Experts Susan Weiner and Janice MacLeod discuss increasing your fiber intake, food prep, and how best to use the services of a certified diabetes care and education specialist.
Figuring out what to eat with diabetes can be daunting – so in part two of our series on healthy eating tips, we spoke with two more leading dietitians who work with people with diabetes to gain some insight into what they recommend.
They’ve spent years caring for and counseling people with diabetes, and are involved nationally in myriad volunteer efforts to communicate the art and science of diabetes care.
Weiner is the owner of Susan Weiner Nutrition, PLLC, a private practice based in New York. Weiner’s clientele includes people living with diabetes, heart disease and gastrointestinal disorders. She is well known nationally for her involvement with several diabetes organizations and writes the successful “Diabetes in Real Life” column for Endocrinology Today.
Question: What are a few recommendations you give clients to increase their consumption of fiber?
Weiner: I offer clients several ideas. It’s not easy to get to the 25 to 30 grams of fiber per day recommended for adults. Most people don’t come anywhere close! The foods that contain a good bit of fiber are generally carbohydrate-containing foods including vegetables of all kinds, fruits, whole grains, legumes and beans. In addition, nuts contain some fiber, next to no carbohydrates, but (be careful!) they’re high in fat and calories. Choose unsalted nuts to reduce sodium.
Eat more greens! Try relatively low in carbohydrate, high in fiber leafy greens, such as collard, mustard and turnip greens, kale, spinach, or arugula. There’s a variety, so mix up your choices. You’re bound to find one you’ll enjoy.
Sprinkle chia or ground flax seeds on your vegetables, or Greek yogurt. Beyond a source of fiber, they offer a satisfying, crunchy texture.
Use cauliflower in a new way by making “cauliflower mashed potatoes.” It’s easy! Cook the cauliflower as you want, mash it, and add a small amount of low sodium vegetable broth, minced garlic and pepper to desired taste. Bonus tip: add a bit of extra sharp shredded cheddar cheese for a creamier taste.
Nibble on nuts. Nuts are a high protein, low carbohydrate, high fiber snack. They are non-perishable and a great ‘to-go’ snack in small quantities.
Question: What are steps a person with diabetes can take to eat more plant-based foods but hold the line on carbohydrates?
Weiner: Here are a few suggestions:
Integrate nuts (almonds, walnuts, cashews, pecans, Brazil and pistachio nuts) into meals and snacks. Chopped nuts add crunch and can be a good topper for vegetables, fruit and yogurt, stir-fry entrees and more. To optimize the flavor of nuts, roast them. If you’ll use small pieces of nuts, chop before roasting. Use nut butters (peanut, almond or cashew butter), seeds (ground or whole Hemp, chia, flax or sesame).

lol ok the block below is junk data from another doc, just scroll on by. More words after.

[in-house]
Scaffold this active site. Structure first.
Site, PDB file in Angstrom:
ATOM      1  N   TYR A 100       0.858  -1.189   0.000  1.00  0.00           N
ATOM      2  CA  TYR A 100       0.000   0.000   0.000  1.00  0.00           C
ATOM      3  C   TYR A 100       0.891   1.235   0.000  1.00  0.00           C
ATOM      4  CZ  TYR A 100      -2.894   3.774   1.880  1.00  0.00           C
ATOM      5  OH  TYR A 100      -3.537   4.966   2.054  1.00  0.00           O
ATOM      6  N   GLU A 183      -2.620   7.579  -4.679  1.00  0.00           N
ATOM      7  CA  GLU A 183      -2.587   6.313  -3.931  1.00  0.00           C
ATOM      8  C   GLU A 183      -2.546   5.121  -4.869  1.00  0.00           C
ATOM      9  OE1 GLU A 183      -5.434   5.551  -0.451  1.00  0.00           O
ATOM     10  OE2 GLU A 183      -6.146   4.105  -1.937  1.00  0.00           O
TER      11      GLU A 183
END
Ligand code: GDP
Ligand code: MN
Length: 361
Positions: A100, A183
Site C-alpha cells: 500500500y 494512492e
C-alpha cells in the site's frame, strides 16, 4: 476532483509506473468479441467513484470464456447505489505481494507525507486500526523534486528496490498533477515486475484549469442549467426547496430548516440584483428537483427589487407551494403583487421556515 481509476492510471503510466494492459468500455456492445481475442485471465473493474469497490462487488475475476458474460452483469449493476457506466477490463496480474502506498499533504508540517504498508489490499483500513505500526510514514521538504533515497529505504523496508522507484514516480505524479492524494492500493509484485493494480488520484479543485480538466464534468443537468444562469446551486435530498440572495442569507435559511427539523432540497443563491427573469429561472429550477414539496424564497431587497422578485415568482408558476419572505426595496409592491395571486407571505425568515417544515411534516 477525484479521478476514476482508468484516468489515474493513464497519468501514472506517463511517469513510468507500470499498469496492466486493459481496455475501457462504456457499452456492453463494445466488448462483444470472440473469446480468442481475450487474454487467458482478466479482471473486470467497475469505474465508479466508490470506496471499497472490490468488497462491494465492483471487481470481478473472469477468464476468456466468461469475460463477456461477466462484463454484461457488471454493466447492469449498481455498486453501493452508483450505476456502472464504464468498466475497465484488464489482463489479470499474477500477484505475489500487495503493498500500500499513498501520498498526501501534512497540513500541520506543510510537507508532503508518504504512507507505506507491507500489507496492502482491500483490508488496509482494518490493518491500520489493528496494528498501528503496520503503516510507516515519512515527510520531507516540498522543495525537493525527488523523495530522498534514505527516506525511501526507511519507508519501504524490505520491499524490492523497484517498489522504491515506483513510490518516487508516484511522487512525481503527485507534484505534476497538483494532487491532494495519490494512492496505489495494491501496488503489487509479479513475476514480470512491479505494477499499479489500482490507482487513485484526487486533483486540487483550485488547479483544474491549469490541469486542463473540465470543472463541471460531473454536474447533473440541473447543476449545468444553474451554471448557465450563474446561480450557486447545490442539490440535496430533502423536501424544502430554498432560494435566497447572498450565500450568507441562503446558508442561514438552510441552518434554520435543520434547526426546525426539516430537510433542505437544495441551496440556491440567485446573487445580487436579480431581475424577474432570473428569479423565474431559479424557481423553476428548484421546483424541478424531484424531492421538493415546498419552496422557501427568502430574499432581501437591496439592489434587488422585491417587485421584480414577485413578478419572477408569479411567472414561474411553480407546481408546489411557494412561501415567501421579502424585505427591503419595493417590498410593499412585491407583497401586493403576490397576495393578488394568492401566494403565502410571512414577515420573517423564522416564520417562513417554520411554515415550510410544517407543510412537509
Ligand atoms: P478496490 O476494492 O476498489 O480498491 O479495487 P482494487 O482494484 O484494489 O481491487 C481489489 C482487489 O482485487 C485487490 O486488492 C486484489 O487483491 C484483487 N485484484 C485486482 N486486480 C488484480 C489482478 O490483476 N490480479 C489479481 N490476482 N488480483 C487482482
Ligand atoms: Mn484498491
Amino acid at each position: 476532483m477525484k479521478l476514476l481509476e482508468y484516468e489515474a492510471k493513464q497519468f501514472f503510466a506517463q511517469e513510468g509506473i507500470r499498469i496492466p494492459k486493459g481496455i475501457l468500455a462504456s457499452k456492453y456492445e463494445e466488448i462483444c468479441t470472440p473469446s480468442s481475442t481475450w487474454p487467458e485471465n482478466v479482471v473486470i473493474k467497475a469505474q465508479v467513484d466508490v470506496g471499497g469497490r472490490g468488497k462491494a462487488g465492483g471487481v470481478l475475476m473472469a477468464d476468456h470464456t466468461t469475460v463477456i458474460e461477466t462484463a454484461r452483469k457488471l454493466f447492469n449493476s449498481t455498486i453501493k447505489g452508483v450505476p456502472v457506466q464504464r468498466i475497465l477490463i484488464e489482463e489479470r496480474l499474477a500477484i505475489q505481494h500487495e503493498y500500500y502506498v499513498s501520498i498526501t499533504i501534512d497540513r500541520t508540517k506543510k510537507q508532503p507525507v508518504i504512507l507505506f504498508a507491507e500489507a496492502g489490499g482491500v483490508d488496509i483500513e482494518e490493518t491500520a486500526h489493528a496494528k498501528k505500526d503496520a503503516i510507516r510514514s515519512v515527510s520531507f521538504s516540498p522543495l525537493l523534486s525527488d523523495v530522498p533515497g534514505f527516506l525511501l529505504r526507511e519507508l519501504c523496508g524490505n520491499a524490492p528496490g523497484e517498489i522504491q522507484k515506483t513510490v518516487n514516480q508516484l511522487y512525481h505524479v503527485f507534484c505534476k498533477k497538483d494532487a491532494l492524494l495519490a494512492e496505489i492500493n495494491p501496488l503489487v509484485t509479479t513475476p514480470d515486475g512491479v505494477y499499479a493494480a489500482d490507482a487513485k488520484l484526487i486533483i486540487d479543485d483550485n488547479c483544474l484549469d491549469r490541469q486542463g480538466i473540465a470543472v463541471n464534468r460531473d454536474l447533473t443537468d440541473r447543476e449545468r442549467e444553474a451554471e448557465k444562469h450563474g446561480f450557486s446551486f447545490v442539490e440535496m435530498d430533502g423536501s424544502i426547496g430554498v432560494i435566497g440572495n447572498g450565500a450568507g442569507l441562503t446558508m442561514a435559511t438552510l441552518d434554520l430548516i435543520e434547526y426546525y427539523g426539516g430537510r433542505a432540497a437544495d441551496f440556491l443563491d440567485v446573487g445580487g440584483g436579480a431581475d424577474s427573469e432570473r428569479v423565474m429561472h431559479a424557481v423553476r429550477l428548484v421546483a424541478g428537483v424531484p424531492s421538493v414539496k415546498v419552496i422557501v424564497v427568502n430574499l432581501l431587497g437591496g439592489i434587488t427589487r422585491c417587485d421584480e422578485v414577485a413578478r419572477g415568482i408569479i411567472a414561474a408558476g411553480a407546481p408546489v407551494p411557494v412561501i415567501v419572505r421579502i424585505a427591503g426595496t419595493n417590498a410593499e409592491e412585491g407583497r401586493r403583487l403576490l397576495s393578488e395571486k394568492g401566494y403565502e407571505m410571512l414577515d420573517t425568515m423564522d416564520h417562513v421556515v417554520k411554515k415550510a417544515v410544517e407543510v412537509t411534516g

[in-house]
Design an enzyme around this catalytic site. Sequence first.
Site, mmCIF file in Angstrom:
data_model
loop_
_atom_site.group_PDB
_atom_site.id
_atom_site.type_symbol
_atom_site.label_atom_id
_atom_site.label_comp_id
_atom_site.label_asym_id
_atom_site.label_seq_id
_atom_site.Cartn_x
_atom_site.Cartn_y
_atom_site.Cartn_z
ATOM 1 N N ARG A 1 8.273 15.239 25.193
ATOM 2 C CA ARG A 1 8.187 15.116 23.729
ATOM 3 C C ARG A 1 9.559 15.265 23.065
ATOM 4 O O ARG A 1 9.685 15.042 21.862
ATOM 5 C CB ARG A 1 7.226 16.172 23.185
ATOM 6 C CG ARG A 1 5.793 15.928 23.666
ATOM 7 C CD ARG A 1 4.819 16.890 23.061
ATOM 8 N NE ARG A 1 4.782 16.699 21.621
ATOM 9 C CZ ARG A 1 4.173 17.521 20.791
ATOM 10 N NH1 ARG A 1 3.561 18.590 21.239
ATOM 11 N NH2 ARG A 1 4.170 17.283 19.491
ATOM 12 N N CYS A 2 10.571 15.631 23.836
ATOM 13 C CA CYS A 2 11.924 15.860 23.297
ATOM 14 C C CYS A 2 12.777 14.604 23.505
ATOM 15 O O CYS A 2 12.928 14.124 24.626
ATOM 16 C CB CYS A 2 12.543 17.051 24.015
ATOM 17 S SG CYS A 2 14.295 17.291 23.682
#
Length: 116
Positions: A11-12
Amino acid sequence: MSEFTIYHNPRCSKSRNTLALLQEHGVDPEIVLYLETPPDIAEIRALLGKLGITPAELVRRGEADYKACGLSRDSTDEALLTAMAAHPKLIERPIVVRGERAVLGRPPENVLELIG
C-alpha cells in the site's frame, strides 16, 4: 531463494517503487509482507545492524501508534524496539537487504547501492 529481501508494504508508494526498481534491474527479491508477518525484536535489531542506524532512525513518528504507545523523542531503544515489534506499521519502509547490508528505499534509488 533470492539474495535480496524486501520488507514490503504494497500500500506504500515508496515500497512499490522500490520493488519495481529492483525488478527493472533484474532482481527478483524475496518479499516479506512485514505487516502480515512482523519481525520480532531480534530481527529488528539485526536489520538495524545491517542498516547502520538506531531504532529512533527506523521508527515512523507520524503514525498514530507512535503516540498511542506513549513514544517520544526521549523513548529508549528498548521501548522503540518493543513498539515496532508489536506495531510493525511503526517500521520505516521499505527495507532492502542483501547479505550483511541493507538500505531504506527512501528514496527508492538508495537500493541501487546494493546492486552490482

Choose more low carbohydrate, high fiber vegetables throughout the day, not just at your evening meal. Put chopped frozen spinach into an omelet or egg scramble, top a grilled cheese with tomatoes, and use baby carrots or small tomatoes for a quick and easy lunch side. Top salads with beans, legumes and pulses (chickpeas, black beans, green peas, or lentils work well). Keep in mind they’re higher in carbohydrates than most vegetables…but so darn healthy!
Cut down on red meat by using tofu, soy nuts, or tempeh.
Question: How can people with diabetes find and use the services of a RDN who has expertise in diabetes care and education (CDCES)?
Weiner: A RDN who is also a CDCES, has unique understanding of, and expertise in, food and nutrition, as well as diabetes care. Find an RDN, CDCES who understands the importance of using a person-centered, collaborative approach and ask your PCP or others with diabetes for their recommendations. This approach is important when you want to make realistic changes in your food choices and eating habits.
RDNs deliver a service formally called Medical Nutrition Therapy (MNT). MNT for people who have diabetes is covered by Medicare Part B for beneficiaries and is covered by many private health plans.
In addition to the MNT service, people with diabetes can also often take advantage of another service, Diabetes Self-Management Education and Support (DSMES). DSMES is often provided within a program, but increasingly (and due to telehealth) can be delivered one on one. Here’s a national resource you can use to find a DSMES program in your area.
MacLeod is head of Clinical Advocacy in Global Professional Affairs & Clinical Education for Medtronic’s Diabetes Group. She has contributed widely as a volunteer with the Association of Diabetes Care & Education Specialists and the Academy of Nutrition and Dietetics. MacLeod is the current chair of the Diabetes Dietetic Practice Group, a subgroup of the Academy.